Scott is a senior agriculture development expert and a Senior Fertilizer Advisor to the VIFAA program. He has been advising DG since 2017. Vinisha Bhatia-Murdach is Senior Learning Advisor and has been with DG since 2015.
The Visualizing Insights on Fertilizer for African Agriculture (VIFAA) program is working towards making fertilizer-related data, a key subset of agriculture data, more accessible to stakeholders for decision making.
Finding reliable agriculture data in Sub-Saharan Africa is often a difficult undertaking. If available at all, data is usually fragmented and tucked away in silos within government ministries or closely held by private companies. It is also significantly delayed or in a format that makes analysis difficult. For stakeholders in the agriculture value chain, who need information about the market for decision making, a lack of reliable data is a significant barrier.
At the same time, agriculture is a key source of livelihood in Sub-Saharan Africa. 33 million smallholder farmers – who make up approximately 80% of the population – need agriculture inputs such as tools, seeds, and fertilizer in order to produce a viable crop that they can sell in the marketplace. As fertilizer is the most expensive agricultural input for the farmer, making sure they have the right type of fertilizer, at the best price, and that it is available at the right time – is critical. Currently, not a single country in Sub-Saharan Africa is self-reliant on the primary nutrients needed for crops to grow (nitrogen, phosphorus, and potassium). Thus decisions on when to import and how much fertilizer to import needs to be made months before the rains come, since very few farmers in SSA have access to irrigation and they are reliant on the annual rains to water their crops.
The VIFAA Program aims to close key information gaps for fertilizer stakeholders in our focus countries of Kenya, Nigeria, and Ghana. By September 2020, the VIFAA team will launch its first dashboard focusing on Kenya’s fertilizer sector. It will cover four main areas of fertilizer information: price, consumption, availability, and policy. The ultimate goal of the VIFAA program is to support data use for decision making, and by extension to support smallholder farmers better access and use fertilizer they need.
In order to achieve these goals, VIFAA started with in-depth assessments in several African countries. We spoke with nearly 100 stakeholders to understand their priorities, how to turn those priorities into indicators, and then we set out to co-design the dashboard.
The assessment confirmed some of what we knew. From a perspective of 30,000 feet, the most important fertilizer indicator is the average consumption of fertilizer per area of cropland – Kilograms per Hectare (Kg/Ha) – which highlights how much fertilizer is actually being used in the field. In 2006, the Abuja Declaration on Fertilizer for an African Green Revolution set 50 kg/ha as the primary target to reach (we will talk more about this indicator and the current levels in technical detail throughout this series). This average fertilizer consumption indicator, Kg/ha, serves as a high-level target, but to understand what factors are contributing to this consumption rate requires additional information. Based on the public and private sector stakeholder feedback, VIFAA has categorized this information under four themes:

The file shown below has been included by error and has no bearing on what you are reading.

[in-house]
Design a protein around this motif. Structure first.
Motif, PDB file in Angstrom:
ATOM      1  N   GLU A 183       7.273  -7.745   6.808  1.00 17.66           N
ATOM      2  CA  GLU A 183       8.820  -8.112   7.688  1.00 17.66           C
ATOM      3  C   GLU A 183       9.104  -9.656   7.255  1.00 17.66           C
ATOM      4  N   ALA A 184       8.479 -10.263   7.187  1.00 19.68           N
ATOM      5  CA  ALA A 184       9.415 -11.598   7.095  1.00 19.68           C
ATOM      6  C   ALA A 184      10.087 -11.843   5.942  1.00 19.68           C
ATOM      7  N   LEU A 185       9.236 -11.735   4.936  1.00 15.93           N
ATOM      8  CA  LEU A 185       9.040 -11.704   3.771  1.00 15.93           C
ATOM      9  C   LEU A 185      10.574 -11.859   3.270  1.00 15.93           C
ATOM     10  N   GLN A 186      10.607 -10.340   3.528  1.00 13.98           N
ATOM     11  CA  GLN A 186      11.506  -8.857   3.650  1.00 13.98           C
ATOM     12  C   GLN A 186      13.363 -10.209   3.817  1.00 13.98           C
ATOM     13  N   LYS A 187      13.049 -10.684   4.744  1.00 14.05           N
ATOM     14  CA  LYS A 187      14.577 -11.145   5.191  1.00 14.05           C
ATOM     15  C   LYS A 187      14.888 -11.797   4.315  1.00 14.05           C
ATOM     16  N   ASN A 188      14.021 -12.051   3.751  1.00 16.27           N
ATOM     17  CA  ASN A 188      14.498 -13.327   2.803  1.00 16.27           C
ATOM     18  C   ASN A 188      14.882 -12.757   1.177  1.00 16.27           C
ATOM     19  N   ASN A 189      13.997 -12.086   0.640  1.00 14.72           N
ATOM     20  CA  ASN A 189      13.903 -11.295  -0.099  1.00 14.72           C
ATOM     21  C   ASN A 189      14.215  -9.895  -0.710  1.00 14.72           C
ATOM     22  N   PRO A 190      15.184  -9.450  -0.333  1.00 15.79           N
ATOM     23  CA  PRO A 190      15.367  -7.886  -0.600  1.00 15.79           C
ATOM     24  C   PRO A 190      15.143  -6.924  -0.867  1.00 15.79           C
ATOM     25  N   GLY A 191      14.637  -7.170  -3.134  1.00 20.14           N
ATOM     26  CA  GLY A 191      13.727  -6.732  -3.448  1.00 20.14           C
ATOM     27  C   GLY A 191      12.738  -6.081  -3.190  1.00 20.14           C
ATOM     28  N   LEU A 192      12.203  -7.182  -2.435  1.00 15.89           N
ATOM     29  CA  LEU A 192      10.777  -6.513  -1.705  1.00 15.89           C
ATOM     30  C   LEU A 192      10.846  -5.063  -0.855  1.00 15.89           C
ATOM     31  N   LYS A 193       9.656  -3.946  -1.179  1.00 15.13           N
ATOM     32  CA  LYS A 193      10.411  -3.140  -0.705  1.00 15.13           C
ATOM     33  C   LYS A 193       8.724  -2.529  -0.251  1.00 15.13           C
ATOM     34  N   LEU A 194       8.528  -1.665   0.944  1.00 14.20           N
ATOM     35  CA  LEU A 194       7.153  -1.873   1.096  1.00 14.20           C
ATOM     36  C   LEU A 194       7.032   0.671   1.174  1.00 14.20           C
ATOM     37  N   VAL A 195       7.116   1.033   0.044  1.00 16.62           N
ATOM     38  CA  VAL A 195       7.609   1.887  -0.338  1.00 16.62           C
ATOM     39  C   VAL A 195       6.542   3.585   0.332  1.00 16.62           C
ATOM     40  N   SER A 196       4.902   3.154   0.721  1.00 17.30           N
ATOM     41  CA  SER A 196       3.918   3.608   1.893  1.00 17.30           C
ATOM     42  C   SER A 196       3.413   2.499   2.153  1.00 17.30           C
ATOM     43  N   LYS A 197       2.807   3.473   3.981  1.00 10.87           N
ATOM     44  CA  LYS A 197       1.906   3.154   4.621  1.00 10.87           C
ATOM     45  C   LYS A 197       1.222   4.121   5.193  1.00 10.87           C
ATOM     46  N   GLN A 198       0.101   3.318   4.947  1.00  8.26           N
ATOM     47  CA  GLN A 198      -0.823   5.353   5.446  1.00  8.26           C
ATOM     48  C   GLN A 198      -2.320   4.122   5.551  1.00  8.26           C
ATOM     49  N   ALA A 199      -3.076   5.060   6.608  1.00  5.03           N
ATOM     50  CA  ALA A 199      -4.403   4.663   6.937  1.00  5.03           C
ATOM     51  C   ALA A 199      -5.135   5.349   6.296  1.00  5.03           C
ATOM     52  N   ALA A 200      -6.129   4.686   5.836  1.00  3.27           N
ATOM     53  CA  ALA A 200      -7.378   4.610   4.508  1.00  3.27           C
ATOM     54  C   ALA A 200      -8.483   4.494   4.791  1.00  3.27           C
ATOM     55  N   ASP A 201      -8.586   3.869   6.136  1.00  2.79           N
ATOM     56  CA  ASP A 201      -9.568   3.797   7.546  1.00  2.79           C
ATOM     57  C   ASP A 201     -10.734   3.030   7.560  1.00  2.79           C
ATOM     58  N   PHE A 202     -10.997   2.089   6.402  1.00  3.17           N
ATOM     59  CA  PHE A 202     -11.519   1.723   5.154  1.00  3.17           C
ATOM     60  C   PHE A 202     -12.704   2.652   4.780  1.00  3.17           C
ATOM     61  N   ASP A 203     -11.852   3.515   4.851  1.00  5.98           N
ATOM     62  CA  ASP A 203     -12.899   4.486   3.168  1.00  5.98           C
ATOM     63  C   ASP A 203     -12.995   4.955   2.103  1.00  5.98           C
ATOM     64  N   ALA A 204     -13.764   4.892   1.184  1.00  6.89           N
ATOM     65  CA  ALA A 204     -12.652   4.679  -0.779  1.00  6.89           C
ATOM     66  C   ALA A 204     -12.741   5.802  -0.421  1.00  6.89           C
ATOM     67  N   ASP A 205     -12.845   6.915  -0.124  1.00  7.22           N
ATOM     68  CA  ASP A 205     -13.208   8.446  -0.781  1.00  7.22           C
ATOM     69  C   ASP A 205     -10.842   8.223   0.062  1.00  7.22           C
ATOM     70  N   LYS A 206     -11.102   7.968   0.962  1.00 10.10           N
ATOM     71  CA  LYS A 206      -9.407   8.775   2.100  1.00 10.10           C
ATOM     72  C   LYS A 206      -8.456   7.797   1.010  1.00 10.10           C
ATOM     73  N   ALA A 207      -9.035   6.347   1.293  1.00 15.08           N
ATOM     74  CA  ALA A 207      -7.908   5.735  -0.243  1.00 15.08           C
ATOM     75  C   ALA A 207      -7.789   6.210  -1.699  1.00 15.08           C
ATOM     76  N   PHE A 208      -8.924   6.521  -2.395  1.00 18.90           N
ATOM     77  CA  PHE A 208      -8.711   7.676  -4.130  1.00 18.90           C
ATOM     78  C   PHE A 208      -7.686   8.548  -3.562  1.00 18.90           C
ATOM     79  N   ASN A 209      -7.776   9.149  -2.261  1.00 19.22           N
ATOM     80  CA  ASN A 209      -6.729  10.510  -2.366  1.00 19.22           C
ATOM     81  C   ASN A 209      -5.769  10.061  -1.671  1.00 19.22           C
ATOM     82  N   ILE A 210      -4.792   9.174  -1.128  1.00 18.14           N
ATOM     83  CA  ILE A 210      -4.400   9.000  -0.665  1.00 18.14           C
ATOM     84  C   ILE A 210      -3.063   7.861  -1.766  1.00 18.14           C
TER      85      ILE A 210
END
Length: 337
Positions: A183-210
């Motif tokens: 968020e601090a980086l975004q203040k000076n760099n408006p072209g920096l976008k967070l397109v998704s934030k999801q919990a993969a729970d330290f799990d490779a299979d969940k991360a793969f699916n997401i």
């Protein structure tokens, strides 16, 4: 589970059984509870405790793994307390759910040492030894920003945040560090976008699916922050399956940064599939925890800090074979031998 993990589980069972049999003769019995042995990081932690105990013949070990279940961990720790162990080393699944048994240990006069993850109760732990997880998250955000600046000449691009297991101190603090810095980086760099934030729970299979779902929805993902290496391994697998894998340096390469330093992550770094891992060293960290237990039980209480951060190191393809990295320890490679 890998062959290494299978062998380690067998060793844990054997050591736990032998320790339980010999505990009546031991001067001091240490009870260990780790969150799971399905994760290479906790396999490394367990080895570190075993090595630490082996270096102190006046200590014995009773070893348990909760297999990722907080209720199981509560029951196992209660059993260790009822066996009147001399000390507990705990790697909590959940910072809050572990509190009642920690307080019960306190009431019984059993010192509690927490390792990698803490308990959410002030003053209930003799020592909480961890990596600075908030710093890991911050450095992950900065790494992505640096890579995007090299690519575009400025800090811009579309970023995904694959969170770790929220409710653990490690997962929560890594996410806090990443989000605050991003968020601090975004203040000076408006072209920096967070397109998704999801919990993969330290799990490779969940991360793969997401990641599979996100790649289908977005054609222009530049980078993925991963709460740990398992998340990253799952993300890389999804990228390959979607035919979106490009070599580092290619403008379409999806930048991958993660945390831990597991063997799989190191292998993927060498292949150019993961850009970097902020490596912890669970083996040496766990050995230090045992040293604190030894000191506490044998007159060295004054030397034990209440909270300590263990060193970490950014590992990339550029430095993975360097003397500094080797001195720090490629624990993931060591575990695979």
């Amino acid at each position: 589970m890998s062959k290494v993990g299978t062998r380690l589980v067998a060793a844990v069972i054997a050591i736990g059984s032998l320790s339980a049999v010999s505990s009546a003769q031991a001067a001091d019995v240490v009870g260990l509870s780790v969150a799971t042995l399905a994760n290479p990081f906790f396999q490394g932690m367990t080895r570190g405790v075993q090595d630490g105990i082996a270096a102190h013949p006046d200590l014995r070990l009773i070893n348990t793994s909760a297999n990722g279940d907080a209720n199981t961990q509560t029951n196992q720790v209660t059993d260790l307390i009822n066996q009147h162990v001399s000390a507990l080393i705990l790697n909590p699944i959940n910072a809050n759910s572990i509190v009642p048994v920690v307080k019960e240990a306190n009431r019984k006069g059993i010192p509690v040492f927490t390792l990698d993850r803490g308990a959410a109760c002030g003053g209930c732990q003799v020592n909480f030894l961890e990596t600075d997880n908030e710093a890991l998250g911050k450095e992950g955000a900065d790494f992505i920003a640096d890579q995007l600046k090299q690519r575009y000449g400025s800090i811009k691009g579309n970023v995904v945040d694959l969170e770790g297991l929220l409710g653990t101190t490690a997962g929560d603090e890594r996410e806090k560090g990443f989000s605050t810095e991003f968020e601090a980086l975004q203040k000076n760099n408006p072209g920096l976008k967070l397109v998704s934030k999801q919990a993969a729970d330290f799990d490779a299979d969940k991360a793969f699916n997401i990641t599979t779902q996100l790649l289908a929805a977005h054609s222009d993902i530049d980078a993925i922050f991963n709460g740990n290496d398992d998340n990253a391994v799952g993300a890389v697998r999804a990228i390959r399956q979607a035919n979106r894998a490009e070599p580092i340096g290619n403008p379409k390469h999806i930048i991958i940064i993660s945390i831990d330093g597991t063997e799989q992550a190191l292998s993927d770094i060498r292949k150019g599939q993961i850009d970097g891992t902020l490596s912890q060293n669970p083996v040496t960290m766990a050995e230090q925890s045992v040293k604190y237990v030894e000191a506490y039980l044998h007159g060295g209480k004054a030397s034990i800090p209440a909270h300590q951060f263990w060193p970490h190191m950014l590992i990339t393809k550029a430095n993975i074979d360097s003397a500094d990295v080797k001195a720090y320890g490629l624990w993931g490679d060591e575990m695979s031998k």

- Price How much does fertilizer cost throughout the entirety of the value chain?
- Availability How much product is actually available in the country?
- Fertilizer Use What types of products are farmers applying and which crops?
- Policy What is the policy environment and considerations around fertilizer that impact the factors above?
While DG has expertise in increasing data use and a background in agricultural projects, it was crucial to build a more specific skillset through partnership – specifically a partner with expertise in fertilizer data. We realized that the International Fertilizer Development Center’s (IFDC) Africafertilizer.org (AFO) initiative was well-positioned to strengthen existing fertilizer data sets, while making them more accessible to decision-makers. This was a perfect marriage as AFO has been collecting data but did not have the required expertise to ensure it was accessible and presented in a way that ensures stakeholders will use it. Together DG and AFO and jointly convened the potential public and private sector users of this data in Kenya, Nigeria, and Ghana. Through a series of workshops, we worked to define priority indicators within the themes listed above, and to co-design dashboard visualizations to meet the needs of the wide variety of fertilizer data users, all while ensuring the variation required to meet each country’s specific market needs. Over the next few weeks, look for more blogs as we tell the story of the VIFAA fertilizer dashboards, their data, and their use.
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Our objective in the DAI Farmer-Centric Data Governance Project is to demonstrate opportunities of emerging user-centric models and actions required to create an enabling environment of socio-technical factors needed for implementation.